Chimi Lhakhang



Weather:

Time Required: 1-2 hrs

Timings:

9:00 AM - 5:00 PM

Entry Fee:

No Entry Fee
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Chimi Lhakhang, Punakha Overview

Located an hour outside Punakha village, Chimi Lhakhang (also known as Chime Lhakhang) is a Buddhist monastery best known for its worship of the phallus. It stands on a round hillock said to resemble breasts and is decorated with phallic symbols all along its walls. It was built in honour of Drukpa Kunley, the “Divine Madman” who preaches Buddhism through humour and sexual tones.

Chimi Lhakhang is known as a fertility temple for blessing couples with a 10-inch wooden phallus that is tapped on their shoulders. Visitors come from all around the world to visit the monastery, obtain blessings, and get a glimpse of a unique side of Buddhism. Visiting sites like Chimi Lhakhang in Punakha does require a permit to enter the district. These are usually pre-arranged through tour operators once one submits an online application to the Tourism Council of Bhutan in Thimphu. This is charged at approximately INR 2,800. Keep this permit handy when travelling in case it needs to be shown at checkpoints.

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The Chimi Lhakhang temple is dedicated to the “Mad Saint” Lama Kunley. According to local legends, he came to Punakha to save the people from a demon who had arrived in the valley from Dochula Pass. The demon had taken the form of a dog and was subdued by Lama Kunley with the use of a ‘flaming thunderbolt of wisdom’ which was the saint’s phallus. On defeating the demon, he uttered “chi mi” meaning “no dog” and trapped the demon in a chorten (stupa) that stands outside the monastery. He is credited with bringing Buddhism to Bhutan.

Lama Kunley, also known as the “Divine Madman” or “The Saint of 5,000 Women” was known for his unconventional teachings. He preached Buddhism through humour and singing with overtly sexual tones. Lama Kunley was said to have lived a lifestyle of wine, women, and poetry - he was the saint who advocated the use of phallic symbols in the country which are used today to drive away the evil eye and gossip. Interestingly, he was also believed to have supernatural powers and could correctly predict the deaths of other lamas.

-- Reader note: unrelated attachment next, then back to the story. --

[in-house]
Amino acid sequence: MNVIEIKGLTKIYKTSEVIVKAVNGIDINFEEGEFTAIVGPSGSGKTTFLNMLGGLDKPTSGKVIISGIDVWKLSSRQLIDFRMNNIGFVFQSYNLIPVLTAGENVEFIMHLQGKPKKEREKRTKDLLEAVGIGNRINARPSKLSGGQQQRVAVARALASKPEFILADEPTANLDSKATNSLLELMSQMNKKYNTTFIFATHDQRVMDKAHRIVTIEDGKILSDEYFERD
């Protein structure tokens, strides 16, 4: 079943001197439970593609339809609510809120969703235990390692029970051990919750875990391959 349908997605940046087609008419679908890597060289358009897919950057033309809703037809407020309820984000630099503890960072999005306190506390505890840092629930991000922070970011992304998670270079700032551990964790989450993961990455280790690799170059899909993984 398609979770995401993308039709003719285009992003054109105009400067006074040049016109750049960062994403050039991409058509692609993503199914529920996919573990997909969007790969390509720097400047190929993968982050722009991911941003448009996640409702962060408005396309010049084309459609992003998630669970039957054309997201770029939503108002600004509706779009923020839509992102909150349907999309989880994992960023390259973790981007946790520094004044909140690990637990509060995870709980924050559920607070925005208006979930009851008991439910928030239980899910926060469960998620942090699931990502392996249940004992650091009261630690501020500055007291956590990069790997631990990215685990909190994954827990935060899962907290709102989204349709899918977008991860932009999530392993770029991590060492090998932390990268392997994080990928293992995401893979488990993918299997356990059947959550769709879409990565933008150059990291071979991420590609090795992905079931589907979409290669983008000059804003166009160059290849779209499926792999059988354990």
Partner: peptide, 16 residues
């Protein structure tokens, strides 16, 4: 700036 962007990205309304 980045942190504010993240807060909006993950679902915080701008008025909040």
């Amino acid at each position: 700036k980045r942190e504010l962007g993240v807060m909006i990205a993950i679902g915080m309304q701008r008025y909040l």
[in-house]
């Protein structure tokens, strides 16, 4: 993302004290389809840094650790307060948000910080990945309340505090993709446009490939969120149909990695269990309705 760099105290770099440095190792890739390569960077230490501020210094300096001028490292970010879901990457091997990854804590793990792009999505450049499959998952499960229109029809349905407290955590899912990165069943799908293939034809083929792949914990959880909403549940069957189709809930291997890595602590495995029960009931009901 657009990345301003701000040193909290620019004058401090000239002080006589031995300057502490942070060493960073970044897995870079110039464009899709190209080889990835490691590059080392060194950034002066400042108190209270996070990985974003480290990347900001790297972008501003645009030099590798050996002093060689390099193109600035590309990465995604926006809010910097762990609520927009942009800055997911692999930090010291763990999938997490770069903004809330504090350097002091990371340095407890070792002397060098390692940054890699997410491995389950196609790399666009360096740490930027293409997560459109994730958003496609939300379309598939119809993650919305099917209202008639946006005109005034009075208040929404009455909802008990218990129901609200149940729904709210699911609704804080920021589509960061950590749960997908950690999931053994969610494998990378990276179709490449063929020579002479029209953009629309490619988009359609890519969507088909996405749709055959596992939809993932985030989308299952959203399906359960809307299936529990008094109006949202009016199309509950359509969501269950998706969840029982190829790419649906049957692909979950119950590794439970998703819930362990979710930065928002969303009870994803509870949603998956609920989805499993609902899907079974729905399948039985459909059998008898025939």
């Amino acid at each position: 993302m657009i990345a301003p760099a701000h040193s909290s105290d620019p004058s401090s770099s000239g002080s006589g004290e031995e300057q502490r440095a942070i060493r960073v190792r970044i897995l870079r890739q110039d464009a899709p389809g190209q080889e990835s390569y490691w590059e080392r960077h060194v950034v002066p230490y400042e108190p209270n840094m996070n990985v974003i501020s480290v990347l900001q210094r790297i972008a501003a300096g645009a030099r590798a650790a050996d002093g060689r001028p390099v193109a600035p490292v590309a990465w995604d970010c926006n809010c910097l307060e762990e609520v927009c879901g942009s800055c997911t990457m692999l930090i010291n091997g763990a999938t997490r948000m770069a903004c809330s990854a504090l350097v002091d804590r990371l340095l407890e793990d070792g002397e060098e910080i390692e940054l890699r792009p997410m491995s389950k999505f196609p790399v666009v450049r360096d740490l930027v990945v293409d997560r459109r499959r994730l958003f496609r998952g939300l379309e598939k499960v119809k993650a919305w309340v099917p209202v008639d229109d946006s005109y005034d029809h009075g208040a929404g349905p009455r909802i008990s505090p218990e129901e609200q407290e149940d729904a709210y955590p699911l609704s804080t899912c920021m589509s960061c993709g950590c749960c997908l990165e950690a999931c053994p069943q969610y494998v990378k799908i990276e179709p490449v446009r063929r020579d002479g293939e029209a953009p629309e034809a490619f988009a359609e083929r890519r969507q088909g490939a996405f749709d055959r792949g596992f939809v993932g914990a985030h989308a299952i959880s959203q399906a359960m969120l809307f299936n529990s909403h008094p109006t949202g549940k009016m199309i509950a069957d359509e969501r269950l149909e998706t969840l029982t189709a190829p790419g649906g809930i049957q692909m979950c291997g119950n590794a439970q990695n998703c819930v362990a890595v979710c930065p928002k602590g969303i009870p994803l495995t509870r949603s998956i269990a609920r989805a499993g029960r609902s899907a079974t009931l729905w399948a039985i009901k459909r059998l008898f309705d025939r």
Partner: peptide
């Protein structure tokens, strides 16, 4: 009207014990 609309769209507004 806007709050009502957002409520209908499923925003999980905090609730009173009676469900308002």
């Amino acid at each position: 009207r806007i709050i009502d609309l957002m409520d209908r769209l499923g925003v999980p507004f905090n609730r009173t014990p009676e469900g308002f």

The Lhakhang is moderately sized and is smaller than other monasteries in the country. It is square in shape with a black and golden roof. There are rows of prayer wheels, walls carved with images of saints, and a golden spire at its centre. Before entering the monastery, one’ll cross the black, white, and red chorten (stupa) that is said to hold the demon defeated by Lama Kunley.

Chimi Lhakhang
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The prayer hall is decorated with phallic symbols, bells, drums, and horns. It holds a statue of Kunley in a monk’s robe in a reclining position, flanked by a ceramic statue of his faithful dog Sachi. Near this statue is a statue of Guru Padmasambhava at the altar. The images on the walls depict scenes from the lives of Chenresig, Sakyamuni Buddha, and Zhabdrung and the battle between the Dochula demon and Lama Kunley. There is also a Bodhi tree here that’s believed to have come from Bodhgaya.

Popular as a fertility temple, the monastery sees hundreds of visitors annually. They go to the prayer wheel and are then blessed with a 10-inch wooden phallus with a silver handle that is touched on their shoulders and/or head. This is the “wang” (blessing) to be received. Some couples come here with their new-born children to receive a name – they do this by picking up a slip from the altar that carries names, typically Kunley or Chimi. It’s customary to re-visit the temple if one has been blessed with a child.

Chimi Lhakhang
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Punakha has moderate climate through the year unlike other parts of Bhutan. Due to this, it is possible to visit Chimi Lhakhang all year long. However, the best time to visit would be between February and April (when the autumn provides clearer views of the Himalayas) and October and December (before the winter chill hits).

1. Cameras and tripods aren’t allowed inside the monastery.
2. As Chimi Lhakhang is a place of worship, it’s ideal to wear full pants that cover the legs and shoulders while visiting.
3. Although there is a road halfway to the temple, the scenic route is by walking through Sopsakha village’s fields. It’s a good idea to wear flat shoes or sneakers for this trip.

Chimi Llakhang is located 27 kilometres outside Punakha valley. It is near the village of Sopsakha which means the 20-minute walk up the dusty path through fields to reach the monastery. Along the way, prayer flags flutter along the road and houses with paintings of phalluses are lined on both sides. 

To reach the monastery, hire a car or taxi to Sopsakha village. From Punakha, the drive will take around one hour. From Paro, the drive is 107 kilometres and will take around 2 hours and 30 minutes. From Thimphu, the drive is 65 kilometres and will take around one hour and 30 minutes.

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Top Hotels near Chimi Lhakhang

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